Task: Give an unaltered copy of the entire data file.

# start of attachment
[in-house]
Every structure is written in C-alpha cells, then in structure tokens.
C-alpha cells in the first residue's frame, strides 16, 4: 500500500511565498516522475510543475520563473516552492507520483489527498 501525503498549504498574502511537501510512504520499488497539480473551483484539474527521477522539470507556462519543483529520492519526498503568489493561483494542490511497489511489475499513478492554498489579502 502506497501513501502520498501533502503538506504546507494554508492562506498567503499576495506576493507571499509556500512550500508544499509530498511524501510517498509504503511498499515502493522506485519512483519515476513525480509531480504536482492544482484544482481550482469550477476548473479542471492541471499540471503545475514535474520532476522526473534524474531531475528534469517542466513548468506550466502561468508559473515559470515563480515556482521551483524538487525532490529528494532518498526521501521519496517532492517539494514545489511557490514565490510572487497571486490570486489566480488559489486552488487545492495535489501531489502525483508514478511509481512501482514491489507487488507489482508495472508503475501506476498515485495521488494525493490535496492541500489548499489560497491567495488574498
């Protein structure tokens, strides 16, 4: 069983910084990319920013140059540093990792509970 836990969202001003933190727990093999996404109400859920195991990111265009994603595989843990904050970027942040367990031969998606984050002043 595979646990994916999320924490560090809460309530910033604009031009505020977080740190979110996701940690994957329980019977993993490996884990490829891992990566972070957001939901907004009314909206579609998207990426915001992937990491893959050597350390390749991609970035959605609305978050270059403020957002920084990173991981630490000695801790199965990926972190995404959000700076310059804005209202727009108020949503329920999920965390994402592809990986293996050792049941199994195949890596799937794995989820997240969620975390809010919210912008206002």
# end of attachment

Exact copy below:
[in-house]
Every structure is written in C-alpha cells, then in structure tokens.
C-alpha cells in the first residue's frame, strides 16, 4: 500500500511565498516522475510543475520563473516552492507520483489527498 501525503498549504498574502511537501510512504520499488497539480473551483484539474527521477522539470507556462519543483529520492519526498503568489493561483494542490511497489511489475499513478492554498489579502 502506497501513501502520498501533502503538506504546507494554508492562506498567503499576495506576493507571499509556500512550500508544499509530498511524501510517498509504503511498499515502493522506485519512483519515476513525480509531480504536482492544482484544482481550482469550477476548473479542471492541471499540471503545475514535474520532476522526473534524474531531475528534469517542466513548468506550466502561468508559473515559470515563480515556482521551483524538487525532490529528494532518498526521501521519496517532492517539494514545489511557490514565490510572487497571486490570486489566480488559489486552488487545492495535489501531489502525483508514478511509481512501482514491489507487488507489482508495472508503475501506476498515485495521488494525493490535496492541500489548499489560497491567495488574498
């Protein structure tokens, strides 16, 4: 069983910084990319920013140059540093990792509970 836990969202001003933190727990093999996404109400859920195991990111265009994603595989843990904050970027942040367990031969998606984050002043 595979646990994916999320924490560090809460309530910033604009031009505020977080740190979110996701940690994957329980019977993993490996884990490829891992990566972070957001939901907004009314909206579609998207990426915001992937990491893959050597350390390749991609970035959605609305978050270059403020957002920084990173991981630490000695801790199965990926972190995404959000700076310059804005209202727009108020949503329920999920965390994402592809990986293996050792049941199994195949890596799937794995989820997240969620975390809010919210912008206002």